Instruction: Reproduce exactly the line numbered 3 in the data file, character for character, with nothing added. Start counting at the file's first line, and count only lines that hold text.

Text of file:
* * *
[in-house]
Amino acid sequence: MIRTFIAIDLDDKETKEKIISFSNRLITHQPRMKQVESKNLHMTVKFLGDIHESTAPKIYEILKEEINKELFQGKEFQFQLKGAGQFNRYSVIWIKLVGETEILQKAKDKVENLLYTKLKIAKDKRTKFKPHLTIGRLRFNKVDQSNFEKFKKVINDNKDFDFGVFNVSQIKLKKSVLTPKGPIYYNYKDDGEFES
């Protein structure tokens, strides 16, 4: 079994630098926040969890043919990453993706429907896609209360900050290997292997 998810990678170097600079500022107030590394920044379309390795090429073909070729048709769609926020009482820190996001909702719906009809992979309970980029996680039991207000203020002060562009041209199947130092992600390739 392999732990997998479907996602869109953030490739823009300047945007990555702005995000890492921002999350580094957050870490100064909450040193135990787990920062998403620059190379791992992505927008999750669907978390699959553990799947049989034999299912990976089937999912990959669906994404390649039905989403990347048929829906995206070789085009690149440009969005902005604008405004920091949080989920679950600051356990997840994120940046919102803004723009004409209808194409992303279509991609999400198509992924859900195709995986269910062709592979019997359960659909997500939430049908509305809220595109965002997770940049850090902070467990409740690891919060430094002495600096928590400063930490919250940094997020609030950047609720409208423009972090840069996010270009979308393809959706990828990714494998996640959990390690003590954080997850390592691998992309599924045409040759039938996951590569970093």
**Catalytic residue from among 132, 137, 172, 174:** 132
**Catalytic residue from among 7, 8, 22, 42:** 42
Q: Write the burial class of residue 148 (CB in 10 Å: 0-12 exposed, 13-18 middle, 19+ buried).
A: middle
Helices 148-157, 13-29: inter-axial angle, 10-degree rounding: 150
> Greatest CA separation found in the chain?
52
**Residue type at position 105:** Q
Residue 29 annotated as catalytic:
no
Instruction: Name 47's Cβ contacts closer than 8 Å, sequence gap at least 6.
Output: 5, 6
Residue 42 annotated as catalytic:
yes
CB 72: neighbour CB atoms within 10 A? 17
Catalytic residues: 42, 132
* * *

């Protein structure tokens, strides 16, 4: 079994630098926040969890043919990453993706429907896609209360900050290997292997 998810990678170097600079500022107030590394920044379309390795090429073909070729048709769609926020009482820190996001909702719906009809992979309970980029996680039991207000203020002060562009041209199947130092992600390739 392999732990997998479907996602869109953030490739823009300047945007990555702005995000890492921002999350580094957050870490100064909450040193135990787990920062998403620059190379791992992505927008999750669907978390699959553990799947049989034999299912990976089937999912990959669906994404390649039905989403990347048929829906995206070789085009690149440009969005902005604008405004920091949080989920679950600051356990997840994120940046919102803004723009004409209808194409992303279509991609999400198509992924859900195709995986269910062709592979019997359960659909997500939430049908509305809220595109965002997770940049850090902070467990409740690891919060430094002495600096928590400063930490919250940094997020609030950047609720409208423009972090840069996010270009979308393809959706990828990714494998996640959990390690003590954080997850390592691998992309599924045409040759039938996951590569970093």